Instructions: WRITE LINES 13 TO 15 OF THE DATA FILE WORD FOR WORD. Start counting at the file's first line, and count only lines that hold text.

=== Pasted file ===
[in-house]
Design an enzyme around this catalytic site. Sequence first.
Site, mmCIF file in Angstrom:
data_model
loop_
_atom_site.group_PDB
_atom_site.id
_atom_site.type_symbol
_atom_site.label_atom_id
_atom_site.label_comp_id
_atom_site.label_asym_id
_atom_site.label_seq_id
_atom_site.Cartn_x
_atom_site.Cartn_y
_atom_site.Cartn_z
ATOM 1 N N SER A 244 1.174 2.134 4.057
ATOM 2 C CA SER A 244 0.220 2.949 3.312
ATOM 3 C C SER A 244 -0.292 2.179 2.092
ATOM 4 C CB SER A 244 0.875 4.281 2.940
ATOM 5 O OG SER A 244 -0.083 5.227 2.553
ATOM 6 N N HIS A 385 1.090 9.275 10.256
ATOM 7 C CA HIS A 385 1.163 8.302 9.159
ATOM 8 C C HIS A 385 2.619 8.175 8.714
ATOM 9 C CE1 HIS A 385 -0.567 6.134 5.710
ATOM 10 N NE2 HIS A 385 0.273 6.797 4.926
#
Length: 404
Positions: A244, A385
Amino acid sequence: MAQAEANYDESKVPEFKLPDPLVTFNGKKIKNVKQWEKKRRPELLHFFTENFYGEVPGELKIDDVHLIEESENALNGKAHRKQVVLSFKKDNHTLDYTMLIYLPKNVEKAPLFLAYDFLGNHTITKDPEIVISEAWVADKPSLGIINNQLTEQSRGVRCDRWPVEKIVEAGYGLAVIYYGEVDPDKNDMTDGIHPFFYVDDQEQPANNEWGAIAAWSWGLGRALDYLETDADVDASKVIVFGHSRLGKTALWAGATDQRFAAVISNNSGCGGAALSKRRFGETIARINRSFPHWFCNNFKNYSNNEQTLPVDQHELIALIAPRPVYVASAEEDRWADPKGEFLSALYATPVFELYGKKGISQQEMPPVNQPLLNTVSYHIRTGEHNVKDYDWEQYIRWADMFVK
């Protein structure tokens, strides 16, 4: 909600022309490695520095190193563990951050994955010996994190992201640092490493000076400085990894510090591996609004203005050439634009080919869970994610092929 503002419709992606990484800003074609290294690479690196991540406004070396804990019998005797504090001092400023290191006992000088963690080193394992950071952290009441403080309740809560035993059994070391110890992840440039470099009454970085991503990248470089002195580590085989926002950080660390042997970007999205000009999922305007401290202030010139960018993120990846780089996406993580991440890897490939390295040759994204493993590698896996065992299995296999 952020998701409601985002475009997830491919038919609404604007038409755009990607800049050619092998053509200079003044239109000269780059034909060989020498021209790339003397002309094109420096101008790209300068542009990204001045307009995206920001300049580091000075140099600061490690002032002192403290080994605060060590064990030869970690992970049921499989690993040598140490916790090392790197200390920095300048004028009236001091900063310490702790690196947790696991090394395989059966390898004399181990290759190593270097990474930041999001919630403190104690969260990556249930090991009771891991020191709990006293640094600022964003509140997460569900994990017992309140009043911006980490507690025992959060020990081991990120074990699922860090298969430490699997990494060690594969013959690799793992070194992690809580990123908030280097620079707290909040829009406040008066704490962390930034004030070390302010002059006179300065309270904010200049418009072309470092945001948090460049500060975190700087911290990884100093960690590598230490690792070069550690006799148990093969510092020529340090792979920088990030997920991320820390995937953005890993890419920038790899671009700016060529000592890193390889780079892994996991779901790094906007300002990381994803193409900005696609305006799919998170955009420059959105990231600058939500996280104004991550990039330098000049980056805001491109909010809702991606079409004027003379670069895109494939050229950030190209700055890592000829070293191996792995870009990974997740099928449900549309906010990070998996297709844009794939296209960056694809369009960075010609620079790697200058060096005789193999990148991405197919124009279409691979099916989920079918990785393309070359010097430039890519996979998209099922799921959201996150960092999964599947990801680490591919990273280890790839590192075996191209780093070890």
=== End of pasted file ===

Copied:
_atom_site.Cartn_x
_atom_site.Cartn_y
_atom_site.Cartn_z